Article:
LONDON • Roger Federer has urged tennis authorities to come up with more funding for anti-doping and believes that testing should be conducted at the quarter-final stage of every tournament.
The Times of London had revealed on Thursday that drug testing did not take place at some of the biggest tournaments this year.
The anti-doping programme, which is run by the International Tennis Federation (ITF), operates on an annual budget of US$4 million (S$5.8 million).
Focus on doping in the sport has intensified since former women's world No. 1 Maria Sharapova was given a two-year suspension in March - later reduced to 15 months on appeal - for taking the banned substance meldonium.
In a week when a record prize-money pot of US$36 million was announced for next month's Australian Open, Federer has called for more to be invested in the efforts to combat the threat of performance-enhancing substances.
"With all the money that we have in the sport, you would think that there would be more funding for the anti-doping programme," the 17-time Grand Slam champion said.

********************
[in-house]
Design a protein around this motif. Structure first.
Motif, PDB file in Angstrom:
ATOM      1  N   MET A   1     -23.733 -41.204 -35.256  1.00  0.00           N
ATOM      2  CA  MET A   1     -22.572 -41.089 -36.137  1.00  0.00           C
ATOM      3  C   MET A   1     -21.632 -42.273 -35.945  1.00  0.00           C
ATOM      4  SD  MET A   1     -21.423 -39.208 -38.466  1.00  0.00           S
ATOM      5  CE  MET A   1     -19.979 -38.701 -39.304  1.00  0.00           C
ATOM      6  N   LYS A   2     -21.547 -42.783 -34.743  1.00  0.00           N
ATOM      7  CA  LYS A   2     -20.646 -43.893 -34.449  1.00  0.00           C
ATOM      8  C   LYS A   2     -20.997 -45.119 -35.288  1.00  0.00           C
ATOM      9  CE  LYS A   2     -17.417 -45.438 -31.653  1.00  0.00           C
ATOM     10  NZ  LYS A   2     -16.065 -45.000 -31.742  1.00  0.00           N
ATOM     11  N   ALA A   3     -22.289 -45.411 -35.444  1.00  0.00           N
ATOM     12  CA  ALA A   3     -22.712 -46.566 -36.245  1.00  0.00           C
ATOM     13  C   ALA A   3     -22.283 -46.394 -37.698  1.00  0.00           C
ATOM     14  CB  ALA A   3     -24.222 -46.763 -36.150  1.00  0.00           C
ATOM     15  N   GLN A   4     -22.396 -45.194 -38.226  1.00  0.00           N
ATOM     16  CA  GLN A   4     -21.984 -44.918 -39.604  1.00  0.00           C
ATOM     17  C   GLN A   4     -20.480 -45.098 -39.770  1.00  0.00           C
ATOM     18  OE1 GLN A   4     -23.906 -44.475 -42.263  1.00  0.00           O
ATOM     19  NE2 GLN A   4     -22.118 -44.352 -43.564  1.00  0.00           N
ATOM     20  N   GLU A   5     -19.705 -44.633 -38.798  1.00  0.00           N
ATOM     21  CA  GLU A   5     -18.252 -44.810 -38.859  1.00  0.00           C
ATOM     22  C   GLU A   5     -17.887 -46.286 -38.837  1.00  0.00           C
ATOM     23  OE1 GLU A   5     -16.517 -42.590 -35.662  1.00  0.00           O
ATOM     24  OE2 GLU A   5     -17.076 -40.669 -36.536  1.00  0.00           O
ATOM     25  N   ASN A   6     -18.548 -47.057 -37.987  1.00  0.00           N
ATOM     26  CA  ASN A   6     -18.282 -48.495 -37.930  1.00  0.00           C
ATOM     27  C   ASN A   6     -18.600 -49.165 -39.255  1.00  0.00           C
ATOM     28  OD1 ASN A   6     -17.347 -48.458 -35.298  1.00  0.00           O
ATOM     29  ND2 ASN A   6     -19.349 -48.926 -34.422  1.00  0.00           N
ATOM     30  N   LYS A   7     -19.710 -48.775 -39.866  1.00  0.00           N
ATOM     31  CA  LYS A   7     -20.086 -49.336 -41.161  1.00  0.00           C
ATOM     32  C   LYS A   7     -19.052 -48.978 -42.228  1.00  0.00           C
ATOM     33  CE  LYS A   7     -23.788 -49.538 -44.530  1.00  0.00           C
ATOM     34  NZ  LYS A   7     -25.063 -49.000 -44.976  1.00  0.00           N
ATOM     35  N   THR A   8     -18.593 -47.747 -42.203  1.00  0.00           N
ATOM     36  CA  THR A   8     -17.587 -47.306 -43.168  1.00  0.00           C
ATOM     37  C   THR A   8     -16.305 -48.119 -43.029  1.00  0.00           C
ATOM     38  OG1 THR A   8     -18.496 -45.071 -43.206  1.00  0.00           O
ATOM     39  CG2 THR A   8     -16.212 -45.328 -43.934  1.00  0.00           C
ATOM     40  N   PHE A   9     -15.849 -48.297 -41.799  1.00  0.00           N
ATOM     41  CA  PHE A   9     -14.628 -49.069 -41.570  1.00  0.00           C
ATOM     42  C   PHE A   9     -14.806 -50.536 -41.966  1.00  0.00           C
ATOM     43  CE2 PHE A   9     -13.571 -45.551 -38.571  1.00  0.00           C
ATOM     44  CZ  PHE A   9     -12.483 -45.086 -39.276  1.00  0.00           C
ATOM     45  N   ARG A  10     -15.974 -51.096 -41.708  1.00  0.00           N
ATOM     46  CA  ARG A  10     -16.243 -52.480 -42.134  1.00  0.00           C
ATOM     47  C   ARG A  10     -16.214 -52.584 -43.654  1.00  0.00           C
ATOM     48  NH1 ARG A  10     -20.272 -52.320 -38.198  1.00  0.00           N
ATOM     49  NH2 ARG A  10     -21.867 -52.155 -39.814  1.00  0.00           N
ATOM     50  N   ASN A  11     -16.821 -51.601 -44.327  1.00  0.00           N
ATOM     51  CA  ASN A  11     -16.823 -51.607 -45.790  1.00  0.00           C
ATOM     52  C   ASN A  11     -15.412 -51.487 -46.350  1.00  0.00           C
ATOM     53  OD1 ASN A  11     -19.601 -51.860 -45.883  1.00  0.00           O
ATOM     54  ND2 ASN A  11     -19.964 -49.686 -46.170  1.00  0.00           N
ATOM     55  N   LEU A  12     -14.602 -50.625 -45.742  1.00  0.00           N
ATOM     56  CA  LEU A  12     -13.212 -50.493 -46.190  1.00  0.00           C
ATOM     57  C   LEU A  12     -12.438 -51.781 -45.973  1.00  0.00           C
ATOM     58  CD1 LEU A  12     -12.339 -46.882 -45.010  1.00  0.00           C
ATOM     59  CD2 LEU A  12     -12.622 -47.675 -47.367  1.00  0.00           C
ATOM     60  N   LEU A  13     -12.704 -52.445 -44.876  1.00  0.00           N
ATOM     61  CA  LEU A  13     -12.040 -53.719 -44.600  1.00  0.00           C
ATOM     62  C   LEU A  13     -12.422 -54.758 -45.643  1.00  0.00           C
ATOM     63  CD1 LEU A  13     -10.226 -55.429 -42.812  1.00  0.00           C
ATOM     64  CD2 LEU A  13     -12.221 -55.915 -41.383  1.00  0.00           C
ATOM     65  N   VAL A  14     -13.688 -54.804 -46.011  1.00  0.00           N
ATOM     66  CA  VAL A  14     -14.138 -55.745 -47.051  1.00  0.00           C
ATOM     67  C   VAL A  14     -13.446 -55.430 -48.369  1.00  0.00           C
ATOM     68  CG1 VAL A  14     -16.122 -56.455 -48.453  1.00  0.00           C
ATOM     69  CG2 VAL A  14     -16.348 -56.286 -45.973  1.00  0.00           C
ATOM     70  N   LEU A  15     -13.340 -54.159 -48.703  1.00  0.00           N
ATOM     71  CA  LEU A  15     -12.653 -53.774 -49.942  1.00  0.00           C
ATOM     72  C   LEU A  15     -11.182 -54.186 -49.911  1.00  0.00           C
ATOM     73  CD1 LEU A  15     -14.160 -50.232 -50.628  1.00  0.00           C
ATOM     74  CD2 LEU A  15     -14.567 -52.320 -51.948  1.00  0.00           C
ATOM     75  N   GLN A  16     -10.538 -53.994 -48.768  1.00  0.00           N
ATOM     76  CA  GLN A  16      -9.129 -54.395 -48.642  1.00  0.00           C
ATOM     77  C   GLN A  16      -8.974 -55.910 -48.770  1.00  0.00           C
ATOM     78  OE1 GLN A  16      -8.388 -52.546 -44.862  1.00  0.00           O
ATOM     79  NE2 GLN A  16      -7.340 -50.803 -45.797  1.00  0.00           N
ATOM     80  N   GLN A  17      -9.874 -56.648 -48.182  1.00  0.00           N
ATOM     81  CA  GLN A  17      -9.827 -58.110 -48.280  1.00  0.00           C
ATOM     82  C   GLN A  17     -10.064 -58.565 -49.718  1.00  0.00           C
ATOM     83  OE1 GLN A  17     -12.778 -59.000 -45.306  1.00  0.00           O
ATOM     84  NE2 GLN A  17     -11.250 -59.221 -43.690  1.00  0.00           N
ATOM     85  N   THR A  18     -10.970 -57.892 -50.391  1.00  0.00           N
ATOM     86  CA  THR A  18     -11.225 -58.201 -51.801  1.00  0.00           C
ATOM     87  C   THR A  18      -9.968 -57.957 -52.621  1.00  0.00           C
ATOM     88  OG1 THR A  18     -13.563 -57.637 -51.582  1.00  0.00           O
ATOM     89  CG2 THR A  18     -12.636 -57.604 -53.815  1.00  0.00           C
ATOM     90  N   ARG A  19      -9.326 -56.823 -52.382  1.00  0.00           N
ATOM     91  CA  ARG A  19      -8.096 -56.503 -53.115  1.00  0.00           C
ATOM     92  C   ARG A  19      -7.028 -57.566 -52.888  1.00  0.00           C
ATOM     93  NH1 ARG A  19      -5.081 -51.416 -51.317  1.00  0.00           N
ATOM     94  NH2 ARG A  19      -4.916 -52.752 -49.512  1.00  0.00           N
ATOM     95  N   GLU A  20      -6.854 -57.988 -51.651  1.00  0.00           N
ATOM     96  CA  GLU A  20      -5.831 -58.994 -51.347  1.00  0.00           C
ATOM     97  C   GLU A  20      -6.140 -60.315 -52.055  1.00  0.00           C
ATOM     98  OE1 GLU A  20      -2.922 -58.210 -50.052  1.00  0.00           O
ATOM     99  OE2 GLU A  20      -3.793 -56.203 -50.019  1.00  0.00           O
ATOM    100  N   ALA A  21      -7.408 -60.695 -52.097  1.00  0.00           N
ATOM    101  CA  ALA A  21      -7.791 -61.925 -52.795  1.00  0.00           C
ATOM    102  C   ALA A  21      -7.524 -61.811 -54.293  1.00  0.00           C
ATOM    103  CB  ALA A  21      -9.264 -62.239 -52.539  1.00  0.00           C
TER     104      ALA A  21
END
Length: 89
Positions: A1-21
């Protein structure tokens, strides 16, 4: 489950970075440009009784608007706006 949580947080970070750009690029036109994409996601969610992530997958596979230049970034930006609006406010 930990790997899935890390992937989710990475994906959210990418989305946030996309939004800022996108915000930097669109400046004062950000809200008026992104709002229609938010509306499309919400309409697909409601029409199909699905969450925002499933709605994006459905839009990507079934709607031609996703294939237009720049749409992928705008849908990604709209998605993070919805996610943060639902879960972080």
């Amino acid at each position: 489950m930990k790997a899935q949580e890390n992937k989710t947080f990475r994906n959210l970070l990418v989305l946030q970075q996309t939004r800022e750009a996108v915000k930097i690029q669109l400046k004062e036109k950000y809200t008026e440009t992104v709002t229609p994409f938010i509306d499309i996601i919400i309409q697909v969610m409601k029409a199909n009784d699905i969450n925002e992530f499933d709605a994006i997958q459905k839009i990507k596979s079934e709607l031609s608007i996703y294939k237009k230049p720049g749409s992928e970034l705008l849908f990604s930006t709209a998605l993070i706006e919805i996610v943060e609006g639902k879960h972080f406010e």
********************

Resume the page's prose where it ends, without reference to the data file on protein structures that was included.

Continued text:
RIGHT TIME TO DO THE RIGHT THING
I would like to see more funding (for testing), no doubt about it, especially in the off-season. This is when the players work the hardest.
ROGER FEDERER, saying that there should be more investment into combatting the threat of performance-enhancing drugs.
"I would like to see more funding (for testing), no doubt about it, especially in the off-season. This is when the players work the hardest.
"The best way is that you get tested every quarter-final that you play in a tournament.
"You know there will be testers there when the prize money and the points go up, you know you will be tested.
"I think for the players' minds and for the fans, it would be a good thing to have."
Federer is in Dubai preparing for his long-awaited comeback in Australia at the beginning of next month.
The 35-year-old will return at the Hopman Cup team event in Perth after a six-month absence because of problems with his left knee, and with a ranking of No. 16, his lowest since 2001.
During his time away from the tour, Federer kept track of the year-end battle for the world No. 1 ranking between Andy Murray and Novak Djokovic.
The efforts of the Briton have actually given Federer belief that an 18th Grand Slam title is still achievable.
"Novak did have an incredible run these last few years and it was hard to break through him for anybody," Federer said. "It's up to us to reinvent ourselves, to come up with a plan how you can beat Novak.
"Andy has shown that a little bit and given bigger belief for more players that maybe there is a bigger chance again to win Grand Slams. Personally I still believe in it. Time will tell if it's going to be possible or not."
THE TIMES, LONDON